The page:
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Five barriers to the all-flash data center

Flash Storage has truly become commoditised. Cost-effective all flash data-centres are now in reach for all organisations, with both new industry players and legacy vendors offering the disruptive new storage.

Indeed, a seismic shift is underway, with companies or all shapes and sizes opting for all-flash arrays in place of legacy high-end enterprise storage. IDC predicts that by 2019, all-flash arrays will dominate the primary storage business, with as many as 80% of all flash arrays including some element of flash.

But any experienced IT leader will tell you that there are many more important considerations beyond price when implementing a new technology – and that is certainly true of flash storage. Indeed, our experience at Nimble Storage has led us to identify five potential roadblocks that can hinder or slow down an organisation’s transition to flash.

Nimble storage afa 4up rack

Nimble Storage all-flash array

Application performance bottlenecks

High performance is a given with flash arrays – that’s what flash is for! But organisations may still suffer from slowdowns that arise from other areas of the infrastructure stack than the storage. Indeed, Nimble Storage research found that 54 per cent of application data delivery delays are not due to storage, but issues with networking, hosts, interoperability, and failing to follow best practices.

Incorporating predictive analytics help IT teams monitor the infrastructure in real-time. This not enables them to anticipate and remediate complex issues faster, but also avoid potential hot spots and simplify planning.

Poor availability

The goal of every IT leader is to deliver no data loss, no downtime and – certainly – no breaches. However, for some vendors promising five-nines reliability is a purely theoretical exercise. Products may be listed as “built for 99.9999”, but these are solely based on tests and not the true enterprise application. Looking to organisations who can learn from and tell you the uptime of their actual applications will enable IT leaders to make a more informed bet on their provider.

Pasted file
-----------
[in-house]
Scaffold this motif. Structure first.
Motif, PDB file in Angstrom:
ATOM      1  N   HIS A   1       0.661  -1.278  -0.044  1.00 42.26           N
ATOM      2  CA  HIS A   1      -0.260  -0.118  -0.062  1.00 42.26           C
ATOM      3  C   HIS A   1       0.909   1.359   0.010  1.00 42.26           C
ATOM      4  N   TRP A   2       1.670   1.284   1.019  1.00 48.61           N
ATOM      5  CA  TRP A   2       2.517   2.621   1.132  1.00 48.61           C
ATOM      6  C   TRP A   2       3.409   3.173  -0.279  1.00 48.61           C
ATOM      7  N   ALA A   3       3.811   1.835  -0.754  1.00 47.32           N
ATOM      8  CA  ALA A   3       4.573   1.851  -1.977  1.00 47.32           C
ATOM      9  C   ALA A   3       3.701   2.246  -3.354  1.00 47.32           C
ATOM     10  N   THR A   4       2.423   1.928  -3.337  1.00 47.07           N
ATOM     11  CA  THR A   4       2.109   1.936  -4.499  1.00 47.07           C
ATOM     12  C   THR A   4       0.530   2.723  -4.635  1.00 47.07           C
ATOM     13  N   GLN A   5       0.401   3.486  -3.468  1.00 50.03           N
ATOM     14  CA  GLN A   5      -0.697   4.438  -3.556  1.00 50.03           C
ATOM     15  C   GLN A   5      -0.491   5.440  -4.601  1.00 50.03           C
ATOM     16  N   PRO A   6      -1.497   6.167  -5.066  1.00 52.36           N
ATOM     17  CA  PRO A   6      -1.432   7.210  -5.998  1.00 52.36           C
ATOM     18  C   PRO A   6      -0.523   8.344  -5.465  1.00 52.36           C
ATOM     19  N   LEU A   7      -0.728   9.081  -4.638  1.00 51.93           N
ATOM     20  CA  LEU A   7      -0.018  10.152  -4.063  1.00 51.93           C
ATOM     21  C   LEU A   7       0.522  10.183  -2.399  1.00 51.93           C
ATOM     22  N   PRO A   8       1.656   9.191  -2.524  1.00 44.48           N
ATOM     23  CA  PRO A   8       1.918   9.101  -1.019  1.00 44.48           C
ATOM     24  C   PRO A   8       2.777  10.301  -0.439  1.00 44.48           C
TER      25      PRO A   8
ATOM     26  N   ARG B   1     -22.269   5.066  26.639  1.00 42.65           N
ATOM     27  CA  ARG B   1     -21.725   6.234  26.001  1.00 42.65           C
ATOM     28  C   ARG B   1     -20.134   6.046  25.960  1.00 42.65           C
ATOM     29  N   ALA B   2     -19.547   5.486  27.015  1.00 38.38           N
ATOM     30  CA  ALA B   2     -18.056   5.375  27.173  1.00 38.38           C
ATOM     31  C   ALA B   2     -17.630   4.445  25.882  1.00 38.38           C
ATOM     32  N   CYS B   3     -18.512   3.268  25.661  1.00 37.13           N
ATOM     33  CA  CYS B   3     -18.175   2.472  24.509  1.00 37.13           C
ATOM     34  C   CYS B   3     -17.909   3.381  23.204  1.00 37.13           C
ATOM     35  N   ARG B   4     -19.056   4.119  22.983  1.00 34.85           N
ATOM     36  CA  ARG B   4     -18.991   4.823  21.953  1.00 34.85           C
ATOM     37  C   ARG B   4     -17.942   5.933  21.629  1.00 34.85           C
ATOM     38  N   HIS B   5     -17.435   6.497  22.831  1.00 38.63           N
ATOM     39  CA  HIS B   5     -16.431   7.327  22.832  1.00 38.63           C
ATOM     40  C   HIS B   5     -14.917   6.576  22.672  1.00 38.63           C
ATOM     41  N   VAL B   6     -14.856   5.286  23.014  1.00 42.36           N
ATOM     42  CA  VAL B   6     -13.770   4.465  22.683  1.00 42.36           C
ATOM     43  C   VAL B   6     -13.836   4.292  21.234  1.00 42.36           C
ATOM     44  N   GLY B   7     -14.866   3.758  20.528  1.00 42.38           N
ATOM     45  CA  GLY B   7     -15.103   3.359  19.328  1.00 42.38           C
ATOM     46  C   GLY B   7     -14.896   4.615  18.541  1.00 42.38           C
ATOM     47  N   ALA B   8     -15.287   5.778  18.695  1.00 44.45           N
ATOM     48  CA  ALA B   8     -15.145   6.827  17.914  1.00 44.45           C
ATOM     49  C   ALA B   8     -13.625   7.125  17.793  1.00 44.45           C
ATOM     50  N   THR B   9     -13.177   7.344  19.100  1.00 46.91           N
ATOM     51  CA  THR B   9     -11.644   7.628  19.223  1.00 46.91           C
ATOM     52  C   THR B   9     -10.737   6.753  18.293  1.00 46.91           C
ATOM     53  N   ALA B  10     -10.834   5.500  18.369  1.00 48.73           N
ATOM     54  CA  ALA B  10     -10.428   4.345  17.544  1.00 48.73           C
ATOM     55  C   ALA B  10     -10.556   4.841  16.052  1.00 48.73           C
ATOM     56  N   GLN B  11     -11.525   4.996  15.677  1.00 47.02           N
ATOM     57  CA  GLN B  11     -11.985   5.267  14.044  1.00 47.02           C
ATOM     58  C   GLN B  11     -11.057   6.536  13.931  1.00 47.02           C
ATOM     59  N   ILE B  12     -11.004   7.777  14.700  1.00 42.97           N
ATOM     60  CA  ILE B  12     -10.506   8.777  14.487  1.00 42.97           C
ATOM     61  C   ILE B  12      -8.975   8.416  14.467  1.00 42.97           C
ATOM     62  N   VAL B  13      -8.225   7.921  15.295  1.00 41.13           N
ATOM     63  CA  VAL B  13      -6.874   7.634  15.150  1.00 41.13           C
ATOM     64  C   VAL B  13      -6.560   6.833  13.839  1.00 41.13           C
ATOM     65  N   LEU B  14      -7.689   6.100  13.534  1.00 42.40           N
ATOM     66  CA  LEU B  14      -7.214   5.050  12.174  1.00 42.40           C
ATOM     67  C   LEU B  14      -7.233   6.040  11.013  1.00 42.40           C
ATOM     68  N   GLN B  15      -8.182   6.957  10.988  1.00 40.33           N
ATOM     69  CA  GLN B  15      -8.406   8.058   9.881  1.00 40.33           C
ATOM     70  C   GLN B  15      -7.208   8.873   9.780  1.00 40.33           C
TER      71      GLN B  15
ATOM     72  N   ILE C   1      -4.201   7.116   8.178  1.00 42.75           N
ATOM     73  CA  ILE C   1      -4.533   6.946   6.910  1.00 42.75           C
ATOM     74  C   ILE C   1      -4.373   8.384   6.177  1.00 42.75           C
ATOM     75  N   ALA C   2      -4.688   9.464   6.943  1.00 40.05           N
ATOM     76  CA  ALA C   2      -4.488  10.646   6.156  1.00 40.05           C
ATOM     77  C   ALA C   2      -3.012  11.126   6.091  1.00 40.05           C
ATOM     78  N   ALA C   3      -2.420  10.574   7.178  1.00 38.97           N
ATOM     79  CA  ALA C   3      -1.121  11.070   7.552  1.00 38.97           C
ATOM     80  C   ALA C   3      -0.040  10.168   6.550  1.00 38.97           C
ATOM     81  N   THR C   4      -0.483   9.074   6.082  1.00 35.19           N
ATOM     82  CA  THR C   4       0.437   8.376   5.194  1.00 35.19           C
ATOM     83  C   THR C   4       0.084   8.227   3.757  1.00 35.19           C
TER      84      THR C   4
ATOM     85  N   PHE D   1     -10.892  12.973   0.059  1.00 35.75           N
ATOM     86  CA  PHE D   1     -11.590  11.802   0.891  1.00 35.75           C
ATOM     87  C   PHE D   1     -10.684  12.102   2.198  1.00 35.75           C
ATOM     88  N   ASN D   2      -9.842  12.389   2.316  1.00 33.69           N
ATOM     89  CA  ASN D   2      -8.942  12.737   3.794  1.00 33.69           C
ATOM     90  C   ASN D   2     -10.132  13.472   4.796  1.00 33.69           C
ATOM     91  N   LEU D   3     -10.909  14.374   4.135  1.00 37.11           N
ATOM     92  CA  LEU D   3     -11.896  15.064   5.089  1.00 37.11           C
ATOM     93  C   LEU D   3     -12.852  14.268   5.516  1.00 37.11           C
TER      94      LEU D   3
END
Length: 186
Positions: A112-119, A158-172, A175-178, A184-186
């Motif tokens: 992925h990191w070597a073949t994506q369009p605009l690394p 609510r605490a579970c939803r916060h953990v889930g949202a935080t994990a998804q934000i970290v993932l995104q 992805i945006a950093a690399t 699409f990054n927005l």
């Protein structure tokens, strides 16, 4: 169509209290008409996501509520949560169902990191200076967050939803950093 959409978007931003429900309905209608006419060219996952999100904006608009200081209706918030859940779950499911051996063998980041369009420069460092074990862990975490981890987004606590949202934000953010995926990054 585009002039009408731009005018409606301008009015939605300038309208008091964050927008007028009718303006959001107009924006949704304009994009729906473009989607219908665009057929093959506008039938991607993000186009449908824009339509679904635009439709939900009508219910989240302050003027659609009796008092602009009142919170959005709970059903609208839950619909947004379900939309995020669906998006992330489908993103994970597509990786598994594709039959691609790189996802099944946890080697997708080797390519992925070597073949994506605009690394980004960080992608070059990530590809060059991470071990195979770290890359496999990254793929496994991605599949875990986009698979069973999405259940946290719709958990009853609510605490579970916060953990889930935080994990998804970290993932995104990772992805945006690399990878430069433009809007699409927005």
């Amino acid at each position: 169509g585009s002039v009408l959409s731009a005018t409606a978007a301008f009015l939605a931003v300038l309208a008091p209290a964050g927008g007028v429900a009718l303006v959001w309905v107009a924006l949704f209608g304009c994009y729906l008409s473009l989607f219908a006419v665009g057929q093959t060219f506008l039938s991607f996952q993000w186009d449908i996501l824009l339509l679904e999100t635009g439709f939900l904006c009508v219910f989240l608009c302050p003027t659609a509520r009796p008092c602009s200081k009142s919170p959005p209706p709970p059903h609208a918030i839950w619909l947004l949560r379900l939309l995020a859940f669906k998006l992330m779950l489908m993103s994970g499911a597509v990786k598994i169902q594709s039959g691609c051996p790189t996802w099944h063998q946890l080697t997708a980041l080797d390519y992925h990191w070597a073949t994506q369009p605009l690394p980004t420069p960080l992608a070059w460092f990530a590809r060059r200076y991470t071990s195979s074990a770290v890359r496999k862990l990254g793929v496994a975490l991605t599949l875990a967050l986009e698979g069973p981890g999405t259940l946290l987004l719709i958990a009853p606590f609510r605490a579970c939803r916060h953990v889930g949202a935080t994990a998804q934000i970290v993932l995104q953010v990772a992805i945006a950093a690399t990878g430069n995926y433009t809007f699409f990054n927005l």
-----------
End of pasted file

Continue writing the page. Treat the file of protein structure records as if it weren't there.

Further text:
Managing storage silos

Just as Rome wasn’t built in a day, nor will you move your entire data centre to flash all at once. Sysadmins will need to manage a number of storage technologies through the centre’s transition to all flash. For instance, all flash is perfect for latency sensitive applications, but a more cost-effective solution may be appropriate for other mainstream applications. Having a storage platform which is able to seamlessly manage and move data from an all flash to a hybrid disk-flash will be essential during this period – providing a single consolidation architecture which can work across both the hybrid flash and all flash arrays.

Limited scalability

Go big or go home – or so it can feel when buying flash. Trying to guess your organisation’s needs three years ahead is no masterable art form: and it can either leave you scrambling for further storage in a year or two if your business surpasses expectations, or in trouble with the CFO if it surpasses the company’s actual needs. Flexible scaling helps avoid this – so businesses should opt for storage which let you to independently scale-up the capacity and performance of an array, as well as to scale-out by clustering multiple arrays, to achieve linear capacity and performance scaling.

Disaster recovery costs and risk

We all love flash, but there’s no question that it’s an expensive option for backup and disaster recovery. And while it’s possible to use cheap tape or disk and software to back up an all flash array, it just adds to the cost, complexity and risk of the recovery plan. Looking for a platform that replicates from all flash to a cost-optimised hybrid flash without the need for third party software helps keep costs down.

Flash has truly disrupted the storage industry and that the future holds the potential for many an all flash data centre. But with so many vendors – both legacy and disruptors – in the flash market, the wrong choice could lead to added complexities and costs that outweigh its improved velocity.

By watching out for these five potential roadblocks, organisations can be sure they’re making the right choices for their business and are enabling a more seamless and cost-effective transition to flash.

Paul Scarrott is director of Marketing EMEA at Nimble Storage.

Readers' comments (1)

  • I would think that not less than 100% of all-flash arrays will feature some element of flash storage!

    Nice article though. Agree.

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